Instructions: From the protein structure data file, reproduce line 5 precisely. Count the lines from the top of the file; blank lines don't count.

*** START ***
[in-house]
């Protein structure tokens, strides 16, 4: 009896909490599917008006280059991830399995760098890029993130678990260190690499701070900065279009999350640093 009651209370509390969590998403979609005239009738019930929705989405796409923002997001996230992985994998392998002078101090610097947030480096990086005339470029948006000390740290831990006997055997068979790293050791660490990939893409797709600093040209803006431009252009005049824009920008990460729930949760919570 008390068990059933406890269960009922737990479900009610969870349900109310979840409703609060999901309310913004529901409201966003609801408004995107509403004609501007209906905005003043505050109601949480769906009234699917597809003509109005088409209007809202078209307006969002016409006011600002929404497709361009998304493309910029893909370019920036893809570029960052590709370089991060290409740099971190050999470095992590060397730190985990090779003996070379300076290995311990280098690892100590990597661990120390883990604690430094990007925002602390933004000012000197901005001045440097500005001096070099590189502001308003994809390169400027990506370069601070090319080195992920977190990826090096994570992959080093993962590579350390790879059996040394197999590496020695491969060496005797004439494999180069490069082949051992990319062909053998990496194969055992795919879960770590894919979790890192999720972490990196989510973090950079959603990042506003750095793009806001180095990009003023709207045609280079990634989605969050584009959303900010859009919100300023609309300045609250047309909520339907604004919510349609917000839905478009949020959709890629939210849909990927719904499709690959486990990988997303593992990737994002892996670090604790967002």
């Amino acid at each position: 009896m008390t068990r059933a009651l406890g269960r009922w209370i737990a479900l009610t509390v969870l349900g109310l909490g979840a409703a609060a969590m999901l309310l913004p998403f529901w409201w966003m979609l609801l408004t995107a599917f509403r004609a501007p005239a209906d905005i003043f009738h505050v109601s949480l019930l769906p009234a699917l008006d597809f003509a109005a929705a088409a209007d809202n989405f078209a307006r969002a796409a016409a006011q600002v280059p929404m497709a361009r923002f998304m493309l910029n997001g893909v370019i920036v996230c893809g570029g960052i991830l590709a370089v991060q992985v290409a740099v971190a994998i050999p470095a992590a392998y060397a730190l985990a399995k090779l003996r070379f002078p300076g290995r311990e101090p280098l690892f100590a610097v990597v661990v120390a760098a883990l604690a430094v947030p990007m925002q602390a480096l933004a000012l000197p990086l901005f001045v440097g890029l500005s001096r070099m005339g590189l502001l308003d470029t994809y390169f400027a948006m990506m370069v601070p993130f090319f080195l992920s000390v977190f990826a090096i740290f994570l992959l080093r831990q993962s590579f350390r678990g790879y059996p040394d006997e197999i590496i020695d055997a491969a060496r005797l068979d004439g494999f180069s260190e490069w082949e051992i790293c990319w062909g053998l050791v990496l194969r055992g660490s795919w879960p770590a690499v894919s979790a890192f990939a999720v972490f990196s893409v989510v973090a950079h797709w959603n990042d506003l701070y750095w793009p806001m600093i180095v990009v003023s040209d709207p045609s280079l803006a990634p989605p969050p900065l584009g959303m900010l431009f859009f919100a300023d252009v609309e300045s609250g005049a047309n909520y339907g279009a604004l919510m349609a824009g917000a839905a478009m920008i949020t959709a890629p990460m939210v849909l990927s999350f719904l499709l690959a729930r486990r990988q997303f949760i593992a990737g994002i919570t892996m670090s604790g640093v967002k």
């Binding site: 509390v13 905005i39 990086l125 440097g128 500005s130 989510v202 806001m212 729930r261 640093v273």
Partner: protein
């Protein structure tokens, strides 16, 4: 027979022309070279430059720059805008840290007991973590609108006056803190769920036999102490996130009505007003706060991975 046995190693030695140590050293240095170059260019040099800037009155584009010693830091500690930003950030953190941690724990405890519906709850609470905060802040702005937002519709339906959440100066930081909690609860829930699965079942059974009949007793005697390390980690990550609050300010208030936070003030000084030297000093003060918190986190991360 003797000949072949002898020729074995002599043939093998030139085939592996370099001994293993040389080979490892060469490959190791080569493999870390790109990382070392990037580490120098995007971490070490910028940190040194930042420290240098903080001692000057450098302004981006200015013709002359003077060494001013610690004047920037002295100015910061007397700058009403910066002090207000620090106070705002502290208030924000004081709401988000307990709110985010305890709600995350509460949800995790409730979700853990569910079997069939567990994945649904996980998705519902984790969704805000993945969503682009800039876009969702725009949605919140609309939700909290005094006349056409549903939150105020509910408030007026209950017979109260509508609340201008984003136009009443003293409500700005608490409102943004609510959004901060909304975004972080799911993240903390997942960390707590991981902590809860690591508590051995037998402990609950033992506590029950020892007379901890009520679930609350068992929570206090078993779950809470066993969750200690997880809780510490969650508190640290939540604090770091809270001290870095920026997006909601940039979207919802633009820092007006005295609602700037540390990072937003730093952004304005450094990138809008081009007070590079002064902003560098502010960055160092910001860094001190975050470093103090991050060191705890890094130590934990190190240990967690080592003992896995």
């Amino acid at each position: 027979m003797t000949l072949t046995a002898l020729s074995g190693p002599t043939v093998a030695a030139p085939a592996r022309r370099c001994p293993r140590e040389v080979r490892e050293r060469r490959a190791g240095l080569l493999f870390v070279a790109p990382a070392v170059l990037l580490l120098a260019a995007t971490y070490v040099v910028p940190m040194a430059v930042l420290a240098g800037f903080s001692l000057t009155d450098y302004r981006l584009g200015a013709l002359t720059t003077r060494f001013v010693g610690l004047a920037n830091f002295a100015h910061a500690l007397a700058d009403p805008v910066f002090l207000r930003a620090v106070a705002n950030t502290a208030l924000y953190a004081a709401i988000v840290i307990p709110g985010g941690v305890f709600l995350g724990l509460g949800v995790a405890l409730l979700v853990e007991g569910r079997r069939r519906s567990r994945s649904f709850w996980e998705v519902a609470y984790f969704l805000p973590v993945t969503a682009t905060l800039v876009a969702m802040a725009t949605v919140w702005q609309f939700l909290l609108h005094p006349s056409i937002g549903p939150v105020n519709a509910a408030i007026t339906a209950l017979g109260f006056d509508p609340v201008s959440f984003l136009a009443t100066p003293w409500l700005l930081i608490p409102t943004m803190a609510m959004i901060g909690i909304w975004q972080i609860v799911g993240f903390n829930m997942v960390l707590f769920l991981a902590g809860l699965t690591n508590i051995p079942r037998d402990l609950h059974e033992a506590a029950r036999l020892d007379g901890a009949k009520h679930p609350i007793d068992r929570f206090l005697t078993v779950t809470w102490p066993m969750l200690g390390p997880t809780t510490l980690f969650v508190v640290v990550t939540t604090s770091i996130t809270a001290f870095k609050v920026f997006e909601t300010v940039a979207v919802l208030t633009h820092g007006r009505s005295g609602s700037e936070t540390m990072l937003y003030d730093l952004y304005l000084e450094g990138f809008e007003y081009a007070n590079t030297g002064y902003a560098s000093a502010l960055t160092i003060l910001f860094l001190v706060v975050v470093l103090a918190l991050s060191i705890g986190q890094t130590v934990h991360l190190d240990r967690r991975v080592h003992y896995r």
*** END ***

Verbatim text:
Partner: protein